She started biting her thumbnails again that day. Her mother had long kicked her of the habit, she thought, but it crept back in as she paced in slow relay from the dresser to the bed and back again. She was always slow, methodical, levelheaded. Instead of ditching the bus with a cry and escaping to the mall after school like her friends, she came home to her mother and brother to pull weeds or set the table. Instead of crying, she would steady herself and sit quietly on her bed until it passed. She would do these things this evening after she told her mother she was pregnant.
She rehearsed in her head.
“Mom, I’m pregnant.” Too direct, I shouldn’t start with the news, she wouldn’t even listen to me after that. “Mom. I need to talk to you.” She’ll probably just continue watching the news and say, “…Yes…Yes? Sorry, the news is on.” Like I don’t know the news is on.
“Mom.” I’ll sit down next to her on the couch and wait for her to turn the news off.
“I need to talk to you about something.”
She won’t even raise an eyebrow, probably, since she would consider it proper of me to come to her with a problem. She will probably feel proud of herself. “What is it?”
“Well…” No, no, no, no stumbles allowed. I can’t give her any chance to feel like this is her conversation. “You know I’ve always been a responsible person, Mom.”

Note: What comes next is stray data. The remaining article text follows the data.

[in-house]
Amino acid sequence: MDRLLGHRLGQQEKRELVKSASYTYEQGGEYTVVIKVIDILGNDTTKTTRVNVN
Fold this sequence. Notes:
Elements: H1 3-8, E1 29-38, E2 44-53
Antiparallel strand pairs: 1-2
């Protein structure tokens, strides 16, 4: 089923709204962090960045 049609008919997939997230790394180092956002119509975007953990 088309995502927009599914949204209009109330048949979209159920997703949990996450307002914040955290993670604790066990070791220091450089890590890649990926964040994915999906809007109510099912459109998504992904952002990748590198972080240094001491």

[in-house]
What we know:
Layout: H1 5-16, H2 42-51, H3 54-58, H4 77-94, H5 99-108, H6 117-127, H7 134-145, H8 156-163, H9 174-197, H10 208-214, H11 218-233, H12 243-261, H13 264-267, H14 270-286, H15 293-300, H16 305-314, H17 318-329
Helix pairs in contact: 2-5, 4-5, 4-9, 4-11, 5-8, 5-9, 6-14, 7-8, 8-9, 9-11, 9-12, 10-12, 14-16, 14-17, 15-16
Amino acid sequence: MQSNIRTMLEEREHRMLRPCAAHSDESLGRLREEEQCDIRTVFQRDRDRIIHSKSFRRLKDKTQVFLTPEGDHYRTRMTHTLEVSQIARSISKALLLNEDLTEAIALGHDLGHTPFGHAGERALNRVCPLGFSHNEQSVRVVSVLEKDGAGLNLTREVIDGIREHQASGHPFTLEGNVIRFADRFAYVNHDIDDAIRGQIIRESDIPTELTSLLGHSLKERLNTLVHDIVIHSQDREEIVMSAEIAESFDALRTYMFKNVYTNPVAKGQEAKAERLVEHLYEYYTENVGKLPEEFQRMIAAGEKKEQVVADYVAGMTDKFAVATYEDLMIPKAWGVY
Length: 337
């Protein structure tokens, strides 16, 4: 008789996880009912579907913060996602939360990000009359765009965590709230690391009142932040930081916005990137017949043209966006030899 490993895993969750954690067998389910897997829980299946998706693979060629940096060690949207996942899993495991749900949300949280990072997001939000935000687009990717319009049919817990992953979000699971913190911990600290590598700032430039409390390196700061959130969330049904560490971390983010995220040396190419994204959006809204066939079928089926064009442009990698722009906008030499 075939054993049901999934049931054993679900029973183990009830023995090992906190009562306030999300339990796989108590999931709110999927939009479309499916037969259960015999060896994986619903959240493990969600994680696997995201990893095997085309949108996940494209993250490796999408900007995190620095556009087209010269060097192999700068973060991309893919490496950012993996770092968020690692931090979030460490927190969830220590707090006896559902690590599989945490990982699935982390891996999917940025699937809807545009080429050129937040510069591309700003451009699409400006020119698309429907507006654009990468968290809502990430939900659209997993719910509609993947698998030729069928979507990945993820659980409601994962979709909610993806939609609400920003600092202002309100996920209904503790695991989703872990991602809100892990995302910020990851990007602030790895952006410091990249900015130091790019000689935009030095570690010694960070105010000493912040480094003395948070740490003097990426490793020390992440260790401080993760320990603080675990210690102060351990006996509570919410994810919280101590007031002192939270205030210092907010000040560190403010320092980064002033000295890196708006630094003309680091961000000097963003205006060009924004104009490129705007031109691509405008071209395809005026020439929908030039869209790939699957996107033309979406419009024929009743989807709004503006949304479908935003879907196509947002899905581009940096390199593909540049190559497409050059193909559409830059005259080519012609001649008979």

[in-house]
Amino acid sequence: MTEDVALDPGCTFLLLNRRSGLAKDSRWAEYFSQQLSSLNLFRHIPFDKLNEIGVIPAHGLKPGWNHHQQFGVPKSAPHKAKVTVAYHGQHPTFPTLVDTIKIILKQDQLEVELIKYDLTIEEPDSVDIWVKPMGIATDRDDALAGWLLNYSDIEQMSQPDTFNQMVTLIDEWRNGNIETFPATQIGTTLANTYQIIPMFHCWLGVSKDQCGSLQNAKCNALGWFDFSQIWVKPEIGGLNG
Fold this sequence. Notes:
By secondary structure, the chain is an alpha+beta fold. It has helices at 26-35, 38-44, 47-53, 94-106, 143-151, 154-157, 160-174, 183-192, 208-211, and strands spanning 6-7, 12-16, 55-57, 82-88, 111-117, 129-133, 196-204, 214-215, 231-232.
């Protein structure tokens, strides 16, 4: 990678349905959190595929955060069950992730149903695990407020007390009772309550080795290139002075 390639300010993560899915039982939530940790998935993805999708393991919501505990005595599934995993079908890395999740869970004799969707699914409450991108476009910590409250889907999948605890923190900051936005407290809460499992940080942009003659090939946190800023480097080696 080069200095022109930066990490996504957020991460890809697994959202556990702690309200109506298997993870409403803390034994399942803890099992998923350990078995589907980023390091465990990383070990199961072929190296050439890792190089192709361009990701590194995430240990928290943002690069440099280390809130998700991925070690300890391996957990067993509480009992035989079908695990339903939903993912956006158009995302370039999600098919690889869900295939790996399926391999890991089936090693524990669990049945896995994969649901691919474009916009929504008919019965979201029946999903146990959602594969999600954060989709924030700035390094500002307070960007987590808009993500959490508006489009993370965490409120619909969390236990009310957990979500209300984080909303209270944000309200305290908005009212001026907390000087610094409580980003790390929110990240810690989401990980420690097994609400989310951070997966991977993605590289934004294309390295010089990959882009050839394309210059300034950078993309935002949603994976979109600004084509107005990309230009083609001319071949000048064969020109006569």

She will nod but not say anything.
“And it’s because of you, you know. You taught me to be responsible and to take care of business.”
A swift nod, probably. At this point she is expecting the worst.
“And you’ve always been there for me in times of trouble, you know? You’ll help me through anything, right? You’ll make it okay? I’m pregnant, Mom, I don’t want to be but please can you just make it okay?”
She stopped herself. She looked down—her hands were clenched around her abdomen. This is ridiculous. She would never help me. She didn’t teach me anything. She didn’t teach me to be responsible and take care of business. She would never be there for me in times of trouble. She would never help me.
She will hate me.
She breathed in and out. Walking downstairs, she didn’t hide her thumbnails. She stood in front of the TV.
“Mom, I’m pregnant.”
This was an assignment on imagined dialogue. Once again, I did it on my way out the door. What is happening to me?